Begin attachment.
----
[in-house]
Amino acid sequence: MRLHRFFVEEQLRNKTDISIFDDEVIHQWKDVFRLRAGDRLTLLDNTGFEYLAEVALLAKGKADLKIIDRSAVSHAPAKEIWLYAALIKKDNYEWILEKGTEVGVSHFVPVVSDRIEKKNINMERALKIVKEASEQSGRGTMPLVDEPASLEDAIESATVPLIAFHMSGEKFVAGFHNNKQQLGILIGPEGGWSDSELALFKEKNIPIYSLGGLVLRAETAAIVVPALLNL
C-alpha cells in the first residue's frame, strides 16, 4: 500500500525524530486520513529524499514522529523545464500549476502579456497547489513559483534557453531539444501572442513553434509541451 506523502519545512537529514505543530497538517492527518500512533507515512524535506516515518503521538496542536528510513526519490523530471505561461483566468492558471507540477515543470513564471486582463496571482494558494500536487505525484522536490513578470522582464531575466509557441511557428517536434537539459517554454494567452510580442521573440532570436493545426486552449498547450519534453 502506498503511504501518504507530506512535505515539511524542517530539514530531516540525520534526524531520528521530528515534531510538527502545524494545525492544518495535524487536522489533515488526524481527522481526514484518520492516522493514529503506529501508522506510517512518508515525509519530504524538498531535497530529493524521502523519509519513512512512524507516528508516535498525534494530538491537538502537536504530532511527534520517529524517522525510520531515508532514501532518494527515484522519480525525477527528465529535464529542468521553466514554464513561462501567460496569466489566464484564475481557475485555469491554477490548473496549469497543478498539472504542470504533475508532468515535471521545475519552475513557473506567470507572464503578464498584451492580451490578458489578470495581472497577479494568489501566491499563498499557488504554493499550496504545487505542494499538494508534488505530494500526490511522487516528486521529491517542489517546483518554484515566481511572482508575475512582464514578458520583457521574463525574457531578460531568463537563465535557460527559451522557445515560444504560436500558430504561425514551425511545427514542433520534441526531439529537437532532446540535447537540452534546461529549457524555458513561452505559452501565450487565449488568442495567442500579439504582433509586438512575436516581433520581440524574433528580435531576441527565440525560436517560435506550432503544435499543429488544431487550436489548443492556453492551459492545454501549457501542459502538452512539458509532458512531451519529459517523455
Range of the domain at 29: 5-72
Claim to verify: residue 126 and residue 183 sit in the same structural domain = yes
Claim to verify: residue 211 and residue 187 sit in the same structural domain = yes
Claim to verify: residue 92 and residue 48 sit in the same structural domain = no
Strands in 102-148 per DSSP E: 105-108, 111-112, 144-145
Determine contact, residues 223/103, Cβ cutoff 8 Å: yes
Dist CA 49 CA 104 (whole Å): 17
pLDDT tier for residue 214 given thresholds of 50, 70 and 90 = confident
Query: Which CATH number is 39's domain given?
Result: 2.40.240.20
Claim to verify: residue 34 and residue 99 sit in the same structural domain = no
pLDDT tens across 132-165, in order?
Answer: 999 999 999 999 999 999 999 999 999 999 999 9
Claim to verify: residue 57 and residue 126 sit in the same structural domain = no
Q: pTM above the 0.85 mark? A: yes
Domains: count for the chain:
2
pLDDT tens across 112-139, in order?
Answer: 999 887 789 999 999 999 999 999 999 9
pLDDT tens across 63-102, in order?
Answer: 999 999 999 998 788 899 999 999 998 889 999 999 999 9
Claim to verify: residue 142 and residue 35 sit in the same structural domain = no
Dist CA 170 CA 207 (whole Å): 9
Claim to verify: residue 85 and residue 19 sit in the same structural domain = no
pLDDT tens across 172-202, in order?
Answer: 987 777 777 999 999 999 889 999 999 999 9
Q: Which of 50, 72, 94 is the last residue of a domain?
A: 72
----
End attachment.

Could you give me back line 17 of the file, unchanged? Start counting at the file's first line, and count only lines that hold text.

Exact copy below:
Claim to verify: residue 57 and residue 126 sit in the same structural domain = no